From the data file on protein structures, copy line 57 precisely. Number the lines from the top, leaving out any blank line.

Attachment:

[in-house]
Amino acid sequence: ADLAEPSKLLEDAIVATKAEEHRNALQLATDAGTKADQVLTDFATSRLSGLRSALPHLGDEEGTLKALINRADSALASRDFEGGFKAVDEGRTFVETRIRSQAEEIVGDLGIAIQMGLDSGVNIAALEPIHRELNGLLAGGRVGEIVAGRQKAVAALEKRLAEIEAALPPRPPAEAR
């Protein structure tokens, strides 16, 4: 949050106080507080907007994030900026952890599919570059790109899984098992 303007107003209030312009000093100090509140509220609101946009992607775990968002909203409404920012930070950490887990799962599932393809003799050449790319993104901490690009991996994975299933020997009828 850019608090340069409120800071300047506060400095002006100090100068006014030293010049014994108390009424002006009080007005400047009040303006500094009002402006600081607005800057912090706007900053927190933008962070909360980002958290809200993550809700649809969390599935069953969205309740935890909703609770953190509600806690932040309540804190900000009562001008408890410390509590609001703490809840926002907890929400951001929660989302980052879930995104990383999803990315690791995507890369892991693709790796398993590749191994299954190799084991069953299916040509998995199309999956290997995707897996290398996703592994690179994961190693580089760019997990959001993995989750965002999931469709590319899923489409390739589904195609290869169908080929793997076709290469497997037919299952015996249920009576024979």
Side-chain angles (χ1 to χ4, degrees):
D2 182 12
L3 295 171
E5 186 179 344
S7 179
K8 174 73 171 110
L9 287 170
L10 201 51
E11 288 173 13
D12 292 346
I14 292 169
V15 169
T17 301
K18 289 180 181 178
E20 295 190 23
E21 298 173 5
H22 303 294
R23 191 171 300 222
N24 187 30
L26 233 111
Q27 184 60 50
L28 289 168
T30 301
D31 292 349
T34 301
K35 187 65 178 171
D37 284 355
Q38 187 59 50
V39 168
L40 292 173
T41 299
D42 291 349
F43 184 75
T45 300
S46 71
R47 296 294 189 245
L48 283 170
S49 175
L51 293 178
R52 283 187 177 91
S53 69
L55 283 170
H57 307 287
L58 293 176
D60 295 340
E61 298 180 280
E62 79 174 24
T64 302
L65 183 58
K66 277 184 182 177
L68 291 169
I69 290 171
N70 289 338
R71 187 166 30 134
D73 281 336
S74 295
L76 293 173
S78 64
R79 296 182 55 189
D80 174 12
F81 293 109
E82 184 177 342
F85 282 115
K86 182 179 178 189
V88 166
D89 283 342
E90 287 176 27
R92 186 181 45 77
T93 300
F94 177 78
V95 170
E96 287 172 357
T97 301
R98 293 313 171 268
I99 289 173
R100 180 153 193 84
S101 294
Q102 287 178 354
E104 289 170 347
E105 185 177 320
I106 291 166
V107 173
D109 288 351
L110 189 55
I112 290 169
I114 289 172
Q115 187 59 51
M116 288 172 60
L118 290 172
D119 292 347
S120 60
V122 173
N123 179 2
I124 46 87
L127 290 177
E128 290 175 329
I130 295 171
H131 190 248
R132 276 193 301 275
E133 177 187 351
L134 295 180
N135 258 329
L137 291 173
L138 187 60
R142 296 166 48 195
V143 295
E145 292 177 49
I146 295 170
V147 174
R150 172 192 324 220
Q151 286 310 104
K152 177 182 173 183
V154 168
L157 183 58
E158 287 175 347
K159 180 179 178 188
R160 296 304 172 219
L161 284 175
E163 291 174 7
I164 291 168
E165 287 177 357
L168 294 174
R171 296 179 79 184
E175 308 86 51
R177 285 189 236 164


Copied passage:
R71 187 166 30 134